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Issue #746: November 7-13, 2021

Q: I read with interest your recent comments on AOL accounts (I.G.T.M. Issue #737 – Sep 5, 2021). I am one of those who bought AOL e-mail, then discovered it had been made free, and later discovered you could keep your address. That is what I have done, receiving my e-mail in various formats through a long progression of phones, tablets, and computers. The current one is a Microsoft Surface Pro 4 (probably dated in geek terms). I got my mail through Microsoft Edge until I was warned that the provider had not done something, so I was being cut off. I discovered at myaol that I still had an active account there, so I just deleted a few thousand old e-mails, and started using that account. I have to log into it every time, though. I liked being able to just click the mail button on my computer, but it didn’t work, so I got rid of the menu button. Microsoft has been no help; just thousands of people with a similar problem, sites with answers that have been locked, and dozens of incomprehensible solutions you are free to try. Thank you for providing usually easier solutions to common problems. I guess my question is, how do I get a more direct link to my e-mail. I do not seem to have a scam or spam problem with my e-mail. I also have G-mail, on a phone, but never check it because nothing ever appears there but promotional messages.

– John P.
Fort Walton Beach, Florida

A: I can think of at least a couple of ways for you to continue using your AOL e-mail account, John, and they include using the tools you’re already used to.  It’s unclear to me what you were doing before that was requiring you to log in to something every time, or exactly what are the problems that all those thousands of other people are having.   

AOL’s e-mail service is implemented largely the same as any other provider.  They maintain an e-mail server which customers can access to send, receive, and store e-mail messages. 

The most direct method of accessing it is using their webmail portal that they call AOL Mail.  Accounts are free, and you can access it anywhere you have a compatible browser, including smart devices, and PCs, including those in public locations such as libraries.  Of course, all the usual cautions about protecting your information apply when using public computers.  It occurs to me that the need to “log into it every time” that you mentioned might be something like this.  Websites with individual user accounts attempt to protect individual data privacy by making someone log in before allowing access.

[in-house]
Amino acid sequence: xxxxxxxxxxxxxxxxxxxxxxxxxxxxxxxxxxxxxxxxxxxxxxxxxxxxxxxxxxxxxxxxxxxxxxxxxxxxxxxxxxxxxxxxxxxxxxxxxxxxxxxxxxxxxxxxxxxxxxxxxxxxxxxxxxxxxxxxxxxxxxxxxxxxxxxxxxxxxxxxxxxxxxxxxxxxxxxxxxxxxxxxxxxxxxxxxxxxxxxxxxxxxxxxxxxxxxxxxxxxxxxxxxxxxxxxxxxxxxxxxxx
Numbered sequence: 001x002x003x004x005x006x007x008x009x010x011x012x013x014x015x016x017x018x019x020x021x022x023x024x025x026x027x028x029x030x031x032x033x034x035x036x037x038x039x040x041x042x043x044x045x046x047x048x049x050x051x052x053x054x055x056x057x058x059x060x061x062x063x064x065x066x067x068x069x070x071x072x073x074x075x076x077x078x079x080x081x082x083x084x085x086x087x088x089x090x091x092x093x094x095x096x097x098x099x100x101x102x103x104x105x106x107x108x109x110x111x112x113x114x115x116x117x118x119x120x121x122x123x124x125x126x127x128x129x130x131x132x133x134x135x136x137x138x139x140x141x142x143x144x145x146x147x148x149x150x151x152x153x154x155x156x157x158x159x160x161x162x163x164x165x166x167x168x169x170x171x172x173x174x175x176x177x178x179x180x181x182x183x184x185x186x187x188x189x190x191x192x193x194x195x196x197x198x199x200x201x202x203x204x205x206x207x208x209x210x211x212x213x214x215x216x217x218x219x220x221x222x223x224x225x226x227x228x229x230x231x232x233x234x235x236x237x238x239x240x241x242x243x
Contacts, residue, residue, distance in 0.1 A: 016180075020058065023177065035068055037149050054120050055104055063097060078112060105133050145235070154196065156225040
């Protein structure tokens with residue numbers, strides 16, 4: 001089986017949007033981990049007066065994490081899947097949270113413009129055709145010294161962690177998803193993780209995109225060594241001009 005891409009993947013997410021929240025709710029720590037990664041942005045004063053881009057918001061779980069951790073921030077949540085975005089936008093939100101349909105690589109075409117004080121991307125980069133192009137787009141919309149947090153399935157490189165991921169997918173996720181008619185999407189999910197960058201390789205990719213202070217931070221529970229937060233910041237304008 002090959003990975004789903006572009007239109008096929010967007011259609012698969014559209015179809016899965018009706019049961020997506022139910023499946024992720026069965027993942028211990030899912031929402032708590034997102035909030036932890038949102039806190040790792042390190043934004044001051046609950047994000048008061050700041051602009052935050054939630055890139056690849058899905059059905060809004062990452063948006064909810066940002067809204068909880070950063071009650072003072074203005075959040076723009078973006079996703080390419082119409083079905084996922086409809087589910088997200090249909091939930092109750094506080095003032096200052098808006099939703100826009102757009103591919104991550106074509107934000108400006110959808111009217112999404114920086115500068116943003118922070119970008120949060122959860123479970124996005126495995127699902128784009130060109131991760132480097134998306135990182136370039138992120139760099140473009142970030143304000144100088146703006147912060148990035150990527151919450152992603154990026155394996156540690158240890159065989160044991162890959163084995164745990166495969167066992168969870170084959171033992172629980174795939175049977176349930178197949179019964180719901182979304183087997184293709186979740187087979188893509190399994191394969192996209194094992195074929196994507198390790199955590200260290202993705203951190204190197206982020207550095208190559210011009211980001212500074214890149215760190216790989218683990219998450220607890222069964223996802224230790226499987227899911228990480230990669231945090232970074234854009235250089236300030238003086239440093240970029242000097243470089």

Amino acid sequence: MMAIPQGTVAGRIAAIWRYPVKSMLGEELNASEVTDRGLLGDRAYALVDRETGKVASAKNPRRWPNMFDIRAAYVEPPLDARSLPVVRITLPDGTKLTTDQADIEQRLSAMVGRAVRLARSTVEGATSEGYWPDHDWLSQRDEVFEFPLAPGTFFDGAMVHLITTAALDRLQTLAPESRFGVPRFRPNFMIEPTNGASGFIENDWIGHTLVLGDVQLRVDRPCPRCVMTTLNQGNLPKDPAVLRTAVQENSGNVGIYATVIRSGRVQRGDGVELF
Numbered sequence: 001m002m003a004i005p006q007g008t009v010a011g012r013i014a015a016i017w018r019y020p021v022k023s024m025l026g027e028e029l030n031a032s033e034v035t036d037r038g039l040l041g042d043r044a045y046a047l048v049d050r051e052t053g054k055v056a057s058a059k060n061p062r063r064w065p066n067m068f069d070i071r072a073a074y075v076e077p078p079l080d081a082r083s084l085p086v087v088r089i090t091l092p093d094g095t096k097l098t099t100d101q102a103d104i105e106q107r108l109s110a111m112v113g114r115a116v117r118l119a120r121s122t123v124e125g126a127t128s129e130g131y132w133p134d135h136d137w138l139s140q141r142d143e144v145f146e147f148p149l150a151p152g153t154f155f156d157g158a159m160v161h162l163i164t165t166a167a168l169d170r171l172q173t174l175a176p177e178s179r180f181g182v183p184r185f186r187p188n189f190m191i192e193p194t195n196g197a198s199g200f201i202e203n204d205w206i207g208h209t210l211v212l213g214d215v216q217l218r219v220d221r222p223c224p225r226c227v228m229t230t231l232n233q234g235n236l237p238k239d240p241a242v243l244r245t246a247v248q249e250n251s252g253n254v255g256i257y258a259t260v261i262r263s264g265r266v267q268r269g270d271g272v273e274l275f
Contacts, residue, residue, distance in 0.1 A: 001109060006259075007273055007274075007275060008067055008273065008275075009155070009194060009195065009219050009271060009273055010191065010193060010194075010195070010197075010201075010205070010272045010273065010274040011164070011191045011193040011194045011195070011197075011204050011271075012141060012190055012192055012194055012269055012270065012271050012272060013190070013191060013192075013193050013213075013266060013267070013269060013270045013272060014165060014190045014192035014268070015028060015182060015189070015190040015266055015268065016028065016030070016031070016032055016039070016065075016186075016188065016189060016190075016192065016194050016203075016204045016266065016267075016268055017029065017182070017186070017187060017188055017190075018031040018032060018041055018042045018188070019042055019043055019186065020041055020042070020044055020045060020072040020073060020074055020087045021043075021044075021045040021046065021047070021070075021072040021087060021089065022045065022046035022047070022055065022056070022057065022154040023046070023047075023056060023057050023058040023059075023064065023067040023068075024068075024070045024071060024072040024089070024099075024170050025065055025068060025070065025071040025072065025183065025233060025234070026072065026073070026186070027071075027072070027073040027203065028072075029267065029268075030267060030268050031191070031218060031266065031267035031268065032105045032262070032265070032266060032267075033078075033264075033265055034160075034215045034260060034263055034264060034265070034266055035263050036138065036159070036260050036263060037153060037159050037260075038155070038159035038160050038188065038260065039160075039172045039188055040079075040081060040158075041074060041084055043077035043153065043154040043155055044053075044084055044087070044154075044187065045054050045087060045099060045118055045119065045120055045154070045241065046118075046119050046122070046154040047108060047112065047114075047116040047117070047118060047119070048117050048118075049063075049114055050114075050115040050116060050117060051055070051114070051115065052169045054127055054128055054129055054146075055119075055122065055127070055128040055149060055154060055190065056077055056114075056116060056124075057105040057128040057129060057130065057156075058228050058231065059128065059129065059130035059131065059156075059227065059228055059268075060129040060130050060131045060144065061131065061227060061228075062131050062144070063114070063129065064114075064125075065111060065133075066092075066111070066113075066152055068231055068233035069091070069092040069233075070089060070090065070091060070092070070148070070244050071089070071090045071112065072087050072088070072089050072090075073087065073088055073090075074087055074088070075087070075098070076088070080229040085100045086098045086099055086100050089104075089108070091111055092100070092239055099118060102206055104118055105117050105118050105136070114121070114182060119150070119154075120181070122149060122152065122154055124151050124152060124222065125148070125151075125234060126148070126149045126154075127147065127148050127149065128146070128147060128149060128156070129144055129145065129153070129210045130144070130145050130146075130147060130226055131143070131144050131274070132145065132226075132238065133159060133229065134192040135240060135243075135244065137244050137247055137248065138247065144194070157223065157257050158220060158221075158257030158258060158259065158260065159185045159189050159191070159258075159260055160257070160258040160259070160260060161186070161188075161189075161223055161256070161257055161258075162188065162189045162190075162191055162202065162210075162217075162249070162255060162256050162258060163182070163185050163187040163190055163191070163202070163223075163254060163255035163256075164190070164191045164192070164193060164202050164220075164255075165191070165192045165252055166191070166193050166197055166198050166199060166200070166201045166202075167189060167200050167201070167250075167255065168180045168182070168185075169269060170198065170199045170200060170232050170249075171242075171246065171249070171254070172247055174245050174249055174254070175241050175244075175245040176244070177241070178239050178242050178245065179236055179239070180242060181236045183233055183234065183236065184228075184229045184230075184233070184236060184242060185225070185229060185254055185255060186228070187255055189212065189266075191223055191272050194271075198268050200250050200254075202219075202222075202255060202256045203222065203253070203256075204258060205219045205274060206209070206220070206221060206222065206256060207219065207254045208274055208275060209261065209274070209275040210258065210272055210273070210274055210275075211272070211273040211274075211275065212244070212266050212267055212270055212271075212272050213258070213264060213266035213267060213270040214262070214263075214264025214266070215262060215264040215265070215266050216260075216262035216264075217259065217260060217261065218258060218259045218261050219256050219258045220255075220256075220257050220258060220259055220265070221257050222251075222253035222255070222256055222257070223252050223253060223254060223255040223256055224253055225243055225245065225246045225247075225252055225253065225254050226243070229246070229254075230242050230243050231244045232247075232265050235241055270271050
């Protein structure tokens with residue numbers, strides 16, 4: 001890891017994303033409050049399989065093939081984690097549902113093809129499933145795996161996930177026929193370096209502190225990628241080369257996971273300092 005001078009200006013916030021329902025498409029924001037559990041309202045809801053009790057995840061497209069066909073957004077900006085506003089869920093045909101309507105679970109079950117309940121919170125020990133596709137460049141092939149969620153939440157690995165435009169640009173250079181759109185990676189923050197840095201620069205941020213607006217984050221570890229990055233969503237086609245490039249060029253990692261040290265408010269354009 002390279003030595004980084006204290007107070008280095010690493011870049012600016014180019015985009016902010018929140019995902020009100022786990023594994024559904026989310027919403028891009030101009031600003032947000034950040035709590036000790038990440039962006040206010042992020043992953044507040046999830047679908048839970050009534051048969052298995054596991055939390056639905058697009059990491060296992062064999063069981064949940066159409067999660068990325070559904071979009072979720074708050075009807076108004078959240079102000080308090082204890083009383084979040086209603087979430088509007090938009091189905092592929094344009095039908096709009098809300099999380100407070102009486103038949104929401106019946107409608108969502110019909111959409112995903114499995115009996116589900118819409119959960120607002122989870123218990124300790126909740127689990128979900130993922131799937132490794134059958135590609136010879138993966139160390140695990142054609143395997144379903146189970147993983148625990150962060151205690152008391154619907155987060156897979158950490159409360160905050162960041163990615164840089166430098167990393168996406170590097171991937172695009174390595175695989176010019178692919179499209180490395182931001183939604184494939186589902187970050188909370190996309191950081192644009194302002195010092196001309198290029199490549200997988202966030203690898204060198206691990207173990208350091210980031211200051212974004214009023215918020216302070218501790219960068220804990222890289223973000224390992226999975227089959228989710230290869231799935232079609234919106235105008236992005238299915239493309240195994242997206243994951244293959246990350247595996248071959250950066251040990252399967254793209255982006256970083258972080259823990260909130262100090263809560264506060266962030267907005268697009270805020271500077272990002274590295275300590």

If you don’t like the Webmail option, you can also access the AOL e-mail server through an e-mail client application, such as Outlook, Thunderbird, or even the built-in Windows Mail application that you mentioned.  I don’t need to provide the instructions here, as AOL has done a decent job in their online help articles.  You can read the one on this topic by visiting

Believe it or not, you can also use Gmail to access your AOL e-mail account.  It’s my opinion that one of the most underused features of Gmail is its ability to pick-up mail from another provider’s server and present it within the Gmail framework.  Gmail has a highly superior SPAM scanning engine, and routing e-mails through Gmail can serve to detect and filter SPAM for you. 

Of course, to do this, you must have a Gmail account up and running.  They’re free, so that shouldn’t be an issue.  In the Gmail web interface, click on Settings (the gear icon near the upper-right corner), then select “See all Settings.”  In the navigation bar across the top, select “Accounts and Import.”  Here you will find “Check mail from other accounts:.”  Click “Add a mail account” to begin a wizard interface that will step you through the process.  You will find that AOL supports a tidy little feature called “Gmailify” that allows you to manage both accounts using only the Gmail inbox.

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